Setting up a Living Trust
Are you beginning the process of estate planning? Consider if a living trust is right for you and your needs.
Organizing your assets is a detailed process that requires serious thought and prioritization. Many times, decisions involved with drafting a will – which legally documents who should receive your assets after your death – can be complicated. Considerations include not just who you want to control your estate, but also how the distributions occur over time. As a result, many people look beyond wills and set up living trusts.
A living trust is probably the best strategy to avoid probate and protect your financial security. A living trust is a legal agreement under which you transfer assets to the trust, which is managed and administered by a trustee on behalf of one or more people who you have designated as beneficiaries. You can serve as your own trustee during your lifetime or you may want to choose another person or organization to handle the responsibility for you.
The Benefits of a Living Trust
1. You want to avoid probate.
Probate is the procedure by which the state validates a will’s authenticity and oversees the estate settlement process. Probate can be a lengthy, costly process that also would make the details of your estate accessible to the public. The assets in your trust generally won’t be subject to probate.
“There are significant probate and advisor fees in probate,” says Professor Ted Kurlowicz, who teaches estate planning at The American College in Bryn Mawr, PA. “You should not minimize its impact.”
A living trust, on the other hand, does not have to go through probate and therefore isn’t subject to the lengthy, public and potentially costly process.
2. You want to simplify your estate for your family.
If you own numerous properties, investments, business interests or life insurance policies, your loved ones may not want the responsibility of managing your estate. A living trust can simplify matters for them. Upon your death or disability, the named trustee can step in and manage your assets according to the terms in your trust.
3. You want to provide for your beneficiaries beyond your death.
“A living trust can provide for ongoing management and distribution of your assets allowing you to continue to provide for your beneficiaries beyond your death,” says Kathy Dickason, Senior Vice President, Personal Trust Manager with First Midwest Bank. “This cannot be accomplished with a will because that is a document designed to distribute your assets outright to your beneficiaries upon your death.”
For example, a living trust allows you to organize your estate so that it will pay for your children’s or grandchildren’s education or distribute assets to your children at various ages. In contrast, assets passing under a will are distributed to your beneficiaries at the time of your death, Dickason says.
When You Know It’s Right For You
1. You are concerned about estate taxes.
Dickason says the provisions in a living trust can be structured to organize and distribute your assets so as to minimize your estate’s potential estate tax liability.*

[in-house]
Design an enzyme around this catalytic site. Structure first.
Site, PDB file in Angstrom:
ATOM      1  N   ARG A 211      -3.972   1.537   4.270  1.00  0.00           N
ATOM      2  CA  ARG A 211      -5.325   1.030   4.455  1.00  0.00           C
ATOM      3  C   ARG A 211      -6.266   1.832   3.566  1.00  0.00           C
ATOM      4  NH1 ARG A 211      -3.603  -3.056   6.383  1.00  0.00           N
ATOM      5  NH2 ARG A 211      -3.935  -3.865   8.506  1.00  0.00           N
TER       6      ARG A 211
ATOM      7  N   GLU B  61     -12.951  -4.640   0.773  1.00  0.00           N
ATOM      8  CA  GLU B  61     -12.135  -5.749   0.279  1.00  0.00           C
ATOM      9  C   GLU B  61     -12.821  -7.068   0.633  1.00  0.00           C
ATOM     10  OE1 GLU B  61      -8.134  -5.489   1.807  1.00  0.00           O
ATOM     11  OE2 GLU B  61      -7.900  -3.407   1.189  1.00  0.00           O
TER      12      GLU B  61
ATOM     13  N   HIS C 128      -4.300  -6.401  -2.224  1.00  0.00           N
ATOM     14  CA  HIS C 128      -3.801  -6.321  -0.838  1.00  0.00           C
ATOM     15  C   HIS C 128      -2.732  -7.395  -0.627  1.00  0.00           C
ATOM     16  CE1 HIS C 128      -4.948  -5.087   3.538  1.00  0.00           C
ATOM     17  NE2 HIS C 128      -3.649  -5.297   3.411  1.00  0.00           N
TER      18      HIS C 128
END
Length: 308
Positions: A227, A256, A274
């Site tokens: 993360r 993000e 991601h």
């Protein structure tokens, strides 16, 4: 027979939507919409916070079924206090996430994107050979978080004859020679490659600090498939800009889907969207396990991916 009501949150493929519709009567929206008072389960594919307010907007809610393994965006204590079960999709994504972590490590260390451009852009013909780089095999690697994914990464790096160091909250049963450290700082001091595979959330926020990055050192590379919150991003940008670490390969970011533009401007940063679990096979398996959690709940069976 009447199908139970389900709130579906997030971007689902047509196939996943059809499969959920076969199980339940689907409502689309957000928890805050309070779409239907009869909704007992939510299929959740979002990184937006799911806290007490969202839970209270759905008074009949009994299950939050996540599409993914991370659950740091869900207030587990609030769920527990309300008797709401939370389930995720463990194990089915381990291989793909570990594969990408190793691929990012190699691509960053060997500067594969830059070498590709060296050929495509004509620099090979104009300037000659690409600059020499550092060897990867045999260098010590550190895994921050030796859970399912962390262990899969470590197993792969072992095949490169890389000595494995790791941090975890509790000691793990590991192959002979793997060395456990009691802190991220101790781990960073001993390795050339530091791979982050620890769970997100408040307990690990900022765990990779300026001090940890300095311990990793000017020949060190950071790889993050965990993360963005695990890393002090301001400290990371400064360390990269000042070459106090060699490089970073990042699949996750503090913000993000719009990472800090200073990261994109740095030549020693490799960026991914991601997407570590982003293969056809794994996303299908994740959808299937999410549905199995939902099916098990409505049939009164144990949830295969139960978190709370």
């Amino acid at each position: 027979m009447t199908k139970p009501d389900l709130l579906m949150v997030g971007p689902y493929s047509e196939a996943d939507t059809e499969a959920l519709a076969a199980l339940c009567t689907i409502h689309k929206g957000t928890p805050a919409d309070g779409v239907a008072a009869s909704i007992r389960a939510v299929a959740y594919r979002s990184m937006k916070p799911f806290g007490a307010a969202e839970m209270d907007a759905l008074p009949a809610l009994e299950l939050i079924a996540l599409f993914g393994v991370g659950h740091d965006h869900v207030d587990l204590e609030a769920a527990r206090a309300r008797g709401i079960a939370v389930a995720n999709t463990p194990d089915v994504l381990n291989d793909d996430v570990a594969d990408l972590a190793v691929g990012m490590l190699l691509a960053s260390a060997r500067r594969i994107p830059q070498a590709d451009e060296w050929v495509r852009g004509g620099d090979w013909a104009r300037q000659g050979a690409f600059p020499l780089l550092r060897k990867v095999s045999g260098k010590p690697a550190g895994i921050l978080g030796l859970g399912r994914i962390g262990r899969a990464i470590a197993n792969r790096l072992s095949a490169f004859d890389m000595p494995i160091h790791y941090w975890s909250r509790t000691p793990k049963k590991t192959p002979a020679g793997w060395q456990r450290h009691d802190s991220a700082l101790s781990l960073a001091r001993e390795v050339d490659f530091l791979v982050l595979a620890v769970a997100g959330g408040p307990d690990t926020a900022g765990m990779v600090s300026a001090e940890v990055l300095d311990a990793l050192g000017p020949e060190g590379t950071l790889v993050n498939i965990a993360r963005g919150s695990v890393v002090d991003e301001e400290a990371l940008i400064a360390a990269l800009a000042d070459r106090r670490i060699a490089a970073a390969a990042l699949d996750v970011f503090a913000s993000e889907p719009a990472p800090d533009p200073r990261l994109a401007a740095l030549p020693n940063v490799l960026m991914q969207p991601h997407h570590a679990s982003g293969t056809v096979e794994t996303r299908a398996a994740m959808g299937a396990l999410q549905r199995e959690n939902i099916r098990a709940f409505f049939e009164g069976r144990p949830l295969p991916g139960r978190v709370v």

2. You have complex assets.
A living trust can contain all types of assets – from an investment portfolio to collectibles to a closely held business. “A trust can provide for effective ongoing management and preservation of your assets by the named trustee. Your family may not have the time or expertise to manage the assets,” Dickason says.
3. You’ve had multiple marriages.
A living trust is flexible in that it can provide for various beneficiaries over the life of the trust. For example, your trust can pay income to your spouse for his or her lifetime, then distribute the remaining assets to your children upon your spouse’s death.
4. You want control over your assets after your death.
A trust allows for the flexibility of stipulating each beneficiary’s inheritance or distribution and dictates how the funds are to be used. For example, a trust can stipulate that your child may only receive a distribution to pay for a college education and then receive the balance of their share of the trust upon graduation. A trust also can stipulate at what age a beneficiary can receive a distribution. For example, the trust can provide for the beneficiary to receive half of their share at age 30 and the remaining balance at age 45.
A living trust is a flexible and versatile estate planning tool. You can name one or more beneficiaries, and even change the beneficiaries. You can name one or more trustees, alter their duties, add or withdraw assets from the trust, change the terms of the trust or end the trust altogether. You can transfer a variety of assets to your living trust and since you specify how you want the trust managed, you won’t lose control of the assets.
When someone passes away, the last thing their loved ones want to do is calculate assets and make sure bills are being paid. That’s why Kathy Dickason, Senior Vice President, Personal Trust Manager with First Midwest Bank, emphasizes the importance of being prepared. She says a trust specialist can help you with the planning process by asking a series of questions, such as:
Where do you ultimately want to see your assets go?
Are you trying to provide for children and/or grandchildren?
Are you concerned about estate taxes?
Are you passing on a business?
Do you plan on having more children?
Who should inherit the bulk of your estate?
Have your heirs made the wisest financial decisions in the past?
“We ask you what you’re looking for and explain what your options are,” Dickason says. “We talk to you about your goals.”
If you’re interested in setting up or learning more about a living trust, call a First Midwest Trust Officer at 1-800-241-1749 or visit firstmidwest.com/trustee.